The Trump administration’s tariffs, a 25 percent duty on $34 billion worth of Chinese goods, are set to take effect 12:01 a.m. EST on Friday. Beijing has said it would retaliate immediately with tariffs of its own.
That leaves U.S. farmers in the crossfire.
“Rural communities are dependent on agriculture. It’s their life blood,” Casey Guernsey, a seventh-generation beef farmer in the Missouri-Kansas-Iowa area, told CNBC.
Chinese tariffs would raise the price of agricultural products and end up costing farmers in the state of Missouri alone around $138 million in one year, said Guernsey, owner of CL Guernsey, a family farm.
One in four pigs raised in the U.S. is sold overseas, and the Chinese are the world’s top consumers of pork.
“We can’t afford any increase in price,” Guernsey said on “Closing Bell” Thursday. “The difference between making money and losing money per head sometimes is just a couple of dollars. And whenever you’re looking at duties like this, it could make or break the operation.”
In fact, the tariffs might only make the situation worse for some farmers. The agricultural economy has been in a down slump for more than a decade. Profits from U.S. farms reached a 12-year-low in 2018, according to the Department of Agriculture.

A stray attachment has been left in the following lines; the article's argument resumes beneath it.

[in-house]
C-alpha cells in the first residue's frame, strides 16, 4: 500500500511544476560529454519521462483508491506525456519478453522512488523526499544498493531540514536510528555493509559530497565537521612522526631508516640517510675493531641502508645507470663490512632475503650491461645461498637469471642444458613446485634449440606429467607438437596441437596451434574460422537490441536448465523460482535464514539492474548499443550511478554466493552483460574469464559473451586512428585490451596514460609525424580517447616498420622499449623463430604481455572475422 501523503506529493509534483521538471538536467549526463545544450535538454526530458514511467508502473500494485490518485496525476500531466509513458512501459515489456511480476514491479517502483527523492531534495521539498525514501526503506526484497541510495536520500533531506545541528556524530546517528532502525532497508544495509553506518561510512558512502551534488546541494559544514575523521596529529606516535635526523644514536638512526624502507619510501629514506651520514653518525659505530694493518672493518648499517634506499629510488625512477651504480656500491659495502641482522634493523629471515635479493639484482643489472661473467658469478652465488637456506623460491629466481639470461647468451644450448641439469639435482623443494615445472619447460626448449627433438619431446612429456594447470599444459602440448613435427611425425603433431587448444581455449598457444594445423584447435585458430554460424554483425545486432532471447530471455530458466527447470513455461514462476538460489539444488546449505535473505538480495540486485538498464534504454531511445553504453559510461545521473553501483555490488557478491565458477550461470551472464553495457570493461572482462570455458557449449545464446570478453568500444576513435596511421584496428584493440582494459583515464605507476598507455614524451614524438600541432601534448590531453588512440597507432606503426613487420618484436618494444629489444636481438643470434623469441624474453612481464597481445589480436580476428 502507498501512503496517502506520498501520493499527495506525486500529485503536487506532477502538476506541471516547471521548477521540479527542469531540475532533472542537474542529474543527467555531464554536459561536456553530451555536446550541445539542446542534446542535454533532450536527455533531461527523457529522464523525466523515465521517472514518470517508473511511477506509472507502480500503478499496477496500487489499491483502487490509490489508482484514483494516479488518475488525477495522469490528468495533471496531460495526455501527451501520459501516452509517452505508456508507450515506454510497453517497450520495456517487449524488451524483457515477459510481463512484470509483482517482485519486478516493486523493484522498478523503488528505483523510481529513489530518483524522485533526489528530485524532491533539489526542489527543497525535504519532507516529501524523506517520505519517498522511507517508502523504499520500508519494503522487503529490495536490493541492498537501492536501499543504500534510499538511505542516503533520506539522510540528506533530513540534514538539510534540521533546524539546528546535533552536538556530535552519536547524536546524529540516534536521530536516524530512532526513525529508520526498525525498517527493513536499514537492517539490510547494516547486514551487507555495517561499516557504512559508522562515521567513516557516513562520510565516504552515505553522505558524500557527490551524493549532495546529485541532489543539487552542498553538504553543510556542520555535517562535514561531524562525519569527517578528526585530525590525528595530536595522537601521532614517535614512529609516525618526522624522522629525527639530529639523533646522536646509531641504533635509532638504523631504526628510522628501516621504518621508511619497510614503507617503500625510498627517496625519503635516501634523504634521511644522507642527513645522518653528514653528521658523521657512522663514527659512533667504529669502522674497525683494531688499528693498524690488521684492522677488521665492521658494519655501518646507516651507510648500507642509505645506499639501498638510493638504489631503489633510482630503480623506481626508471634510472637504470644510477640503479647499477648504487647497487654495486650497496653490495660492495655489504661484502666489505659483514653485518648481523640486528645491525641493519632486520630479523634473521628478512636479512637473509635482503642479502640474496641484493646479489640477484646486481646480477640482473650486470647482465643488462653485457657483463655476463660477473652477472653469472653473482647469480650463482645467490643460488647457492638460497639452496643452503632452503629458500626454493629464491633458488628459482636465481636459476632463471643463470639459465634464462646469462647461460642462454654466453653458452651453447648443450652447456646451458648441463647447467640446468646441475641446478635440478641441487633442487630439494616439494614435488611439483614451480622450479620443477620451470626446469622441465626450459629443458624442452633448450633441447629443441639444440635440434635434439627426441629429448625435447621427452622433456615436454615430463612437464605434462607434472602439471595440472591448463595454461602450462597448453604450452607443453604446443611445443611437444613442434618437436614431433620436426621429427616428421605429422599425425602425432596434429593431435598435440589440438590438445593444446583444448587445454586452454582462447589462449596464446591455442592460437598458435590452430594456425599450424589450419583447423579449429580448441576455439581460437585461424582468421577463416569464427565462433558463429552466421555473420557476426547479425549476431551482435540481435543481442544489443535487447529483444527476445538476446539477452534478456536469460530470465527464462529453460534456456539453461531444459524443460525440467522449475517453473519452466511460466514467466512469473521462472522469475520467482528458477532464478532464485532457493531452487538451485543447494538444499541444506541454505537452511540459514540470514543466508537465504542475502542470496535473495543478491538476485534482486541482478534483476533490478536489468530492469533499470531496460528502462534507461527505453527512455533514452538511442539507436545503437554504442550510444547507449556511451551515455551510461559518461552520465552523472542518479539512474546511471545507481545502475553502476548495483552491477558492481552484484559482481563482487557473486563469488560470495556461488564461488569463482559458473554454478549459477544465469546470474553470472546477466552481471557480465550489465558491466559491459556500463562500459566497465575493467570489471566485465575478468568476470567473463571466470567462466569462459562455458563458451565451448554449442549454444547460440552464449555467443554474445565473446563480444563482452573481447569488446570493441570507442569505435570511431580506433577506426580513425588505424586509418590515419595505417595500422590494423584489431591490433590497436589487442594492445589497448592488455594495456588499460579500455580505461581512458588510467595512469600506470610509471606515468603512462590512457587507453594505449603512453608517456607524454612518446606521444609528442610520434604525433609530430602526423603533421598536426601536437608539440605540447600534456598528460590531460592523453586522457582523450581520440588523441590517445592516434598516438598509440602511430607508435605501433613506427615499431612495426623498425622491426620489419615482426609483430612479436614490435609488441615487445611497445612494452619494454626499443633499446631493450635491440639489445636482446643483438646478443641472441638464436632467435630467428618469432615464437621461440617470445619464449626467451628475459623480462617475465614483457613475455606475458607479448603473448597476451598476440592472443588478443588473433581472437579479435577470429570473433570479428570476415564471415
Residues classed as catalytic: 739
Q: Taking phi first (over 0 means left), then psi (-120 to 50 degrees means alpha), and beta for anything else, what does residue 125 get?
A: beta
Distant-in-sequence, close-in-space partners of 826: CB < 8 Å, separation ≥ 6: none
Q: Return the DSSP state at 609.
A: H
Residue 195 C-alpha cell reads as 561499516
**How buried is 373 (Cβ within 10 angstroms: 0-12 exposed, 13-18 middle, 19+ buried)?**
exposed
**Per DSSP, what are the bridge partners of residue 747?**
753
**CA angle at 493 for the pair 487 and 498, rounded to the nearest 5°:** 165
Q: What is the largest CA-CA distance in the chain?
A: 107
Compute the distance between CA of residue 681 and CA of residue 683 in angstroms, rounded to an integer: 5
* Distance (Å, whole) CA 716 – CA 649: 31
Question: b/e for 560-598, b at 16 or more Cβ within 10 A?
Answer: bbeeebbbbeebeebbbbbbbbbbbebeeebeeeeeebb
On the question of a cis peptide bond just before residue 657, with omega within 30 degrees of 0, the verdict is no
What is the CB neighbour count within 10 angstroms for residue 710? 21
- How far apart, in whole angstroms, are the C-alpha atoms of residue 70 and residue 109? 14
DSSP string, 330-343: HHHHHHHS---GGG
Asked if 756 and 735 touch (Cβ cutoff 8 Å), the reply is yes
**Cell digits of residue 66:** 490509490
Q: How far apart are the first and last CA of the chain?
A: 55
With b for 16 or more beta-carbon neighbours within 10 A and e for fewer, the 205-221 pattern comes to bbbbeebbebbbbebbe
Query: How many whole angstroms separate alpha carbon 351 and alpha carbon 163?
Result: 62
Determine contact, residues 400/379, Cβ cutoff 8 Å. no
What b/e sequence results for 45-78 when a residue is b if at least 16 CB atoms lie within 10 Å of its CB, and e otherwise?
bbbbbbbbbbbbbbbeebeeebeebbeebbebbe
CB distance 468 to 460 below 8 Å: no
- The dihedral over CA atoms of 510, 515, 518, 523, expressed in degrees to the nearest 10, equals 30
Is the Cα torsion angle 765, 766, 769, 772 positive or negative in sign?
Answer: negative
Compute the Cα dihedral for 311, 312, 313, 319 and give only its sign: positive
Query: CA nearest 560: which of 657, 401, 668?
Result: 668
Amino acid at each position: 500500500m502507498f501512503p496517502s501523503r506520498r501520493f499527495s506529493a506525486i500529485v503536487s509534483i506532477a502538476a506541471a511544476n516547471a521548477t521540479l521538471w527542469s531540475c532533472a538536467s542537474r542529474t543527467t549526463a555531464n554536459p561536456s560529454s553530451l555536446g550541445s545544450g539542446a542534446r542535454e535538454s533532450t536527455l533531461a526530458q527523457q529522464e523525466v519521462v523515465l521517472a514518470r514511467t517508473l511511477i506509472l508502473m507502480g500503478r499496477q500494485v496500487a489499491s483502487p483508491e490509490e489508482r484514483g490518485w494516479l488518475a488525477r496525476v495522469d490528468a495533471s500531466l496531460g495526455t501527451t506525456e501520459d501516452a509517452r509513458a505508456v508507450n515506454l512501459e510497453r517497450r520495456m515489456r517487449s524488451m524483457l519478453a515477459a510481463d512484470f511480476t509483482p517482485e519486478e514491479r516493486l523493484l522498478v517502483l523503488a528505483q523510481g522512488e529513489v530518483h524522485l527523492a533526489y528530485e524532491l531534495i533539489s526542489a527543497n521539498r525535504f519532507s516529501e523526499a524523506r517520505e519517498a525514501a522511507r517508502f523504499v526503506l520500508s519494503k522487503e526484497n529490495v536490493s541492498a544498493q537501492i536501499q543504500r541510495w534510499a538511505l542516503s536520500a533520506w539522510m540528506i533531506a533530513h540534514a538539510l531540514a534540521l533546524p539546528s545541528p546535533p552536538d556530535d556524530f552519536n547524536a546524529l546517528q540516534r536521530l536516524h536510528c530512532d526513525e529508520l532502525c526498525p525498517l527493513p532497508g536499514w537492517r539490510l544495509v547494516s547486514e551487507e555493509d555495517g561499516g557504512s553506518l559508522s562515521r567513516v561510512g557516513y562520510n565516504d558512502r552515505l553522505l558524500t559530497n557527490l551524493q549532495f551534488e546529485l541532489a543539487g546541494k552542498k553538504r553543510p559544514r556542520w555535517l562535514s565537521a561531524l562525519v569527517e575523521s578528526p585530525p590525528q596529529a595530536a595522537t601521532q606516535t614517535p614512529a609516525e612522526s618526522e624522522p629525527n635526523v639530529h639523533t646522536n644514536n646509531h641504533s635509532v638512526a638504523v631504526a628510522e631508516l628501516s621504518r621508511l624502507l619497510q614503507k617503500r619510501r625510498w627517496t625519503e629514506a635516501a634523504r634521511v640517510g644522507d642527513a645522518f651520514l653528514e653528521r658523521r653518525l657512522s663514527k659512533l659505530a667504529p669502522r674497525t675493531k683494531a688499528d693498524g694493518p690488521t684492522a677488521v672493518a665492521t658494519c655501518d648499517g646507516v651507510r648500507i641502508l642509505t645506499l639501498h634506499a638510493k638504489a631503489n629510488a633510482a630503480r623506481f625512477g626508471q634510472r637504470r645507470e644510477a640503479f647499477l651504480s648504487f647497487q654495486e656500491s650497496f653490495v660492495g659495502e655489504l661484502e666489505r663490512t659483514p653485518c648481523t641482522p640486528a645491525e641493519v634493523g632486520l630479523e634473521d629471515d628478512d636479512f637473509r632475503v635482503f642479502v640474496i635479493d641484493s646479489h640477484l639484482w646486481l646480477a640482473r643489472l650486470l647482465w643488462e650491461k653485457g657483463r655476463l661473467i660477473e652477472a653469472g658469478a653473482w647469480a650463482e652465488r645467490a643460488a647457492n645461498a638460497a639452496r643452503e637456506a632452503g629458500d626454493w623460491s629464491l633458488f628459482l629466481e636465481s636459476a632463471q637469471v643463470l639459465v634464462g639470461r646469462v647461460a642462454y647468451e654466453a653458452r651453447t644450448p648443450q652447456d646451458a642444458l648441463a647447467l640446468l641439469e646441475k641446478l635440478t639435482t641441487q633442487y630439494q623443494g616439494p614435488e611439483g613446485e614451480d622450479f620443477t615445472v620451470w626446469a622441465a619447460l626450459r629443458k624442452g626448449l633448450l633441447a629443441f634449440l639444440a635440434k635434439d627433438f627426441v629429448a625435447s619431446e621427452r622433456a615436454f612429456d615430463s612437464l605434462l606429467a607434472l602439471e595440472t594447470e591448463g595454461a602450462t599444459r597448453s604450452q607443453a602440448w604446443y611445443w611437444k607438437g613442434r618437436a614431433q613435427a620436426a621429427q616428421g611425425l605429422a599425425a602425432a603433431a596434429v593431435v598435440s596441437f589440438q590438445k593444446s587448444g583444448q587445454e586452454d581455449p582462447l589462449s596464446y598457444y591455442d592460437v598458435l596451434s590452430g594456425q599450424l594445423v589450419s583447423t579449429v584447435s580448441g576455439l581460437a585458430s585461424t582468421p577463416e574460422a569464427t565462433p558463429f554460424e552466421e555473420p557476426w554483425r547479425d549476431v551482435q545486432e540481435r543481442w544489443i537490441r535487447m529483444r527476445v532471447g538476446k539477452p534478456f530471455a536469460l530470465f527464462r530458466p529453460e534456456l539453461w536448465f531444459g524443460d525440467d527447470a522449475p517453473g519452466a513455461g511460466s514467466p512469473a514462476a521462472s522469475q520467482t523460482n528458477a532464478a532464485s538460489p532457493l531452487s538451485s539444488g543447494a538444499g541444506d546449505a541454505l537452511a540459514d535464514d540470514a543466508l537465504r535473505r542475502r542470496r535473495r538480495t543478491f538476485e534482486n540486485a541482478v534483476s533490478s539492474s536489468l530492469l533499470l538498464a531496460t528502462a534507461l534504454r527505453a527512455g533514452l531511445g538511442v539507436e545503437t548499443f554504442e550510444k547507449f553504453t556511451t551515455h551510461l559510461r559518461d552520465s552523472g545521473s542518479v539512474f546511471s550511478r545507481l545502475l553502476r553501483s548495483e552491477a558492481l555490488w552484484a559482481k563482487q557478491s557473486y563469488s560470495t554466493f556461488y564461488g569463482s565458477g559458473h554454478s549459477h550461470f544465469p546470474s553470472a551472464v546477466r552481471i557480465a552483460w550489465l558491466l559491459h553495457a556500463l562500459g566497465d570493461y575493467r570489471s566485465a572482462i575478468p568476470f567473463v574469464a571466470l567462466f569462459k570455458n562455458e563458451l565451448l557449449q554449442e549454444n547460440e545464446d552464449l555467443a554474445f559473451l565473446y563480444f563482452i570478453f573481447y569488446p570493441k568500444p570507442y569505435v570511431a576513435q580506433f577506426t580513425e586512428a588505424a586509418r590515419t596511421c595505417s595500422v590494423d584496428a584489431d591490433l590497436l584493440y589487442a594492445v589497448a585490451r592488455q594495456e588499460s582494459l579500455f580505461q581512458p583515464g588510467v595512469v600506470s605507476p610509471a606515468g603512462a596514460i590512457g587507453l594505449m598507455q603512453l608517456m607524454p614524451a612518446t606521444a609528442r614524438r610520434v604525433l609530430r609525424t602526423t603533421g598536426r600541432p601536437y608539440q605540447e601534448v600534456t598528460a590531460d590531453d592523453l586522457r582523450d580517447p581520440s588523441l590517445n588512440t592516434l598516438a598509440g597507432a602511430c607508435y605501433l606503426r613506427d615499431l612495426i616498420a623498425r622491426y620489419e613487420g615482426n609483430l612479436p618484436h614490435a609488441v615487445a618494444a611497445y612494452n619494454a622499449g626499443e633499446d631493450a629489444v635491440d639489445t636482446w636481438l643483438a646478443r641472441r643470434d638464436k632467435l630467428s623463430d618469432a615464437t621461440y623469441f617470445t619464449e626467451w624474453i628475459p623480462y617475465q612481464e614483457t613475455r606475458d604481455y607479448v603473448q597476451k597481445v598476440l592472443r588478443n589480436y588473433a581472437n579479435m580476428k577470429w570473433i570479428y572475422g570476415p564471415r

President Donald Trump first proposed tariffs last March in an effort to fix what he deemed unfair trading practices and help both American consumers and business owners. Tariffs against Canada, Mexico and the European Union went into effect on June 1. Since then, Mexico, Canada and the European Union have issued retaliatory tariffs of their own, targeting items such as agricultural products, steel, motorcycles and spirits.
Guernsey said he’s already seeing the negative effects play out in the farming community. Mexico, he said, is one of the top partners for beef products. “And we can’t afford to lose that market whatsoever,” Guernsey said.
The farmer, who also served as a Missouri state representative, said he was planning on building a new barn this year, but said it’s now no longer economically feasible. Among his farm customers in Missouri, he said many are selling off their breeding stock.
“And that has long-term implications, not just for their farm, but for ours and for the entire community,” Guernsey said.